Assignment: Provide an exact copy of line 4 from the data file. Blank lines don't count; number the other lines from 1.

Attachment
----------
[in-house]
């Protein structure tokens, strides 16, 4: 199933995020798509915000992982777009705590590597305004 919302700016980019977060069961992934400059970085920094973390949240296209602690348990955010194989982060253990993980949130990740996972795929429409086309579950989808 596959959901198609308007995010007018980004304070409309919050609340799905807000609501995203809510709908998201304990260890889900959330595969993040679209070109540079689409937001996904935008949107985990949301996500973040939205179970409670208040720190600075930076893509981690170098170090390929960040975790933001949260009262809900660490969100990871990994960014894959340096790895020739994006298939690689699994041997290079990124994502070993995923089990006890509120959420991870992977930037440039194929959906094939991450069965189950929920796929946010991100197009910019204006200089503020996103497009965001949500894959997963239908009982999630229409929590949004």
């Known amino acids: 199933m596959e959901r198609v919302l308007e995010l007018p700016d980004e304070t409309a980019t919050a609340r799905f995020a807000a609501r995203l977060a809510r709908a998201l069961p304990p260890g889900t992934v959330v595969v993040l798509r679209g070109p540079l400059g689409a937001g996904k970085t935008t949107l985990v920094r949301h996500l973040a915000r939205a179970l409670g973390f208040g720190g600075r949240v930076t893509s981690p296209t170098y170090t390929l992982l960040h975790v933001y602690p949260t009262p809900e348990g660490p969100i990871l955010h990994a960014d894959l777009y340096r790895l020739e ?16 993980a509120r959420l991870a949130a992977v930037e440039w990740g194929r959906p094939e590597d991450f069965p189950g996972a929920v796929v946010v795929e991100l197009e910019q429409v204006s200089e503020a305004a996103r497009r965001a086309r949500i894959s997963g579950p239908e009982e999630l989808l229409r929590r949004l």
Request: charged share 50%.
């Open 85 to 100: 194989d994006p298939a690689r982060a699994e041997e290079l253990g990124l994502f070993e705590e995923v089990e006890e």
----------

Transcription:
Request: charged share 50%.